REAL ID endorsed to solve problem with illegals
Spokeswoman says 'we'll stick with' plan for documentation
The White House is going to stick with its REAL ID plan for making sure of the identities of those in the United States, whether U.S. citizens or not, according to spokeswoman Dana Perino.
She was asked about a pending controversy sparked by New York Gov. Eliot Spitzer, who approved granting state driver's licenses to illegal aliens.
"New York Gov. Spitzer's approval of state driver's licenses for illegal aliens has been deplored by New York Mayors Koch, Giuliani and Bloomberg. And my question: Does the president agree with them, or with Spitzer?" asked Les Kinsolving, WND's correspondent at the White House.
"We'll stick with our REAL ID Act which the president encouraged Congress to pass and that he signed into law," she said.
The plan, according to the federal government, is a "nationwide effort intended to prevent terrorism, reduce fraud, and improve the reliability and accuracy of identification documents that State governments issue."
It arose from the ashes of the Sept. 11, 2001, terrorist attacks, with the federal commission investigating the attacks suggested the U.S. improve its system for issuing secure ID.
As the commission concluded, "At many entry points to vulnerable facilities, including gates for boarding aircraft, sources of identification are the last opportunity to ensure that people are who they say they are and to check whether they are terrorists."
The program that eventually was approved by Congress focused on standards for such identification documents.
The Department of Homeland Security this year released a Notice of Proposed Rulemaking for the act, a move toward the actual implementation of the law.
The government specifically rejects the contention that REAL ID is a national ID card. "The Federal Government is not issuing the licenses, is not collecting information about license holders, and is not requiring States to transmit license holder information to the Federal Government that the Government does not already have (such as a Social Security Number)," the government said.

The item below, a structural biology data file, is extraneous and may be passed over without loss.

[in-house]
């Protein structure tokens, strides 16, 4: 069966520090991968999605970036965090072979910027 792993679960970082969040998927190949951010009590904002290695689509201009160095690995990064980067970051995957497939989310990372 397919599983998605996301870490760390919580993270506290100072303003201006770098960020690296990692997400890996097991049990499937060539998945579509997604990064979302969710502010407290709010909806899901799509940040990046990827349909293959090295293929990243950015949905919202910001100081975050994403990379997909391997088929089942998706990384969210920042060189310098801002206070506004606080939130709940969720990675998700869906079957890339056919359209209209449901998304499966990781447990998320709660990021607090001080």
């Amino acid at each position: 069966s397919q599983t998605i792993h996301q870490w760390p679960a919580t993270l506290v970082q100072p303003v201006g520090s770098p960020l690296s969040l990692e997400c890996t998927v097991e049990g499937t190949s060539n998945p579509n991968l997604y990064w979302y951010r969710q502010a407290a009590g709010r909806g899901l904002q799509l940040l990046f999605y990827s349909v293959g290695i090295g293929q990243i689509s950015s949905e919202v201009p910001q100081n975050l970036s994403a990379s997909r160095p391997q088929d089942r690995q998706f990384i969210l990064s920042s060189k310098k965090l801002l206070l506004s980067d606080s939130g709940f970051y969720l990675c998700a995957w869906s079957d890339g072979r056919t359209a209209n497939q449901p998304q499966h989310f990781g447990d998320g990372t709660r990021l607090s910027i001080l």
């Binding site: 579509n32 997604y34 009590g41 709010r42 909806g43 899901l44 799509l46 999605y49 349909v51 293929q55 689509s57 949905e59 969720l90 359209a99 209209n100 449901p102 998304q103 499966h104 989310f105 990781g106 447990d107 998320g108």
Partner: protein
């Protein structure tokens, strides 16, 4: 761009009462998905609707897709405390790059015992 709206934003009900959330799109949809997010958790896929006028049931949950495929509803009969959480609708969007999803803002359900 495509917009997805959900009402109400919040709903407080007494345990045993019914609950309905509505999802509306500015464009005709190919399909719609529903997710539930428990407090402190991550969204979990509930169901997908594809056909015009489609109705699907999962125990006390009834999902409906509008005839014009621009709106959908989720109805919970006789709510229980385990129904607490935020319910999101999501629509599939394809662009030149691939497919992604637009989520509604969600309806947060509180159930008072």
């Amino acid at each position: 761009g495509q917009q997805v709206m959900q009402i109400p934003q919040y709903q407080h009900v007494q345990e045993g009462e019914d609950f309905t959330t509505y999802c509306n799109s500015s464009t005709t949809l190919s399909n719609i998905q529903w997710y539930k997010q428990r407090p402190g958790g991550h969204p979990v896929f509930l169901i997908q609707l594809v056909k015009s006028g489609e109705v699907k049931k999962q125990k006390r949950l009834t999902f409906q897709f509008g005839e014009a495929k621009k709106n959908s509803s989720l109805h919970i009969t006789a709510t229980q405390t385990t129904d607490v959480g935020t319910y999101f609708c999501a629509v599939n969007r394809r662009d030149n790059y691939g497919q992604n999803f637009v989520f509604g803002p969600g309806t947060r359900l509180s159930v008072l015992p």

Spitzer's decision goes back to a 2006 appeals court decision that provided New York greater flexibility in issuing driver's licenses. At that point the Pataki administration wanted immigrants to prove their legal status before getting the documentation. But as a candidate, Spitzer promised to change that.
But when the state Senate blocked his plan, he said he could govern through agencies he controls, and issued instructions that licenses be granted without proof of citizenship.
However, a majority of the state County Clerks Association have expressed opposition and several clerks have threatened to ignore the instructions. Senate Republicans also said they would try to undo Spitzer's decree in a special session.
The REAL ID Act also has generated opposition.
"Americans have rejected the idea of a national ID card," stated one organization that deals with electronic privacy.
In a second question, Kinsolving asked: "The Washington Examiner reports that the White House has declined to comment on Chris Matthews' statements, 'God help us if we had Cheney during the Cuban missile crisis. We'd all be under a parking lot,' and the Bush administration has 'finally been caught in their criminality.' Why does the White House allow itself to be silenced by such accusations from this person?"
"I don't feel silenced. I just feel like it's not necessary for me to comment on a commentator's point of view," Perino said.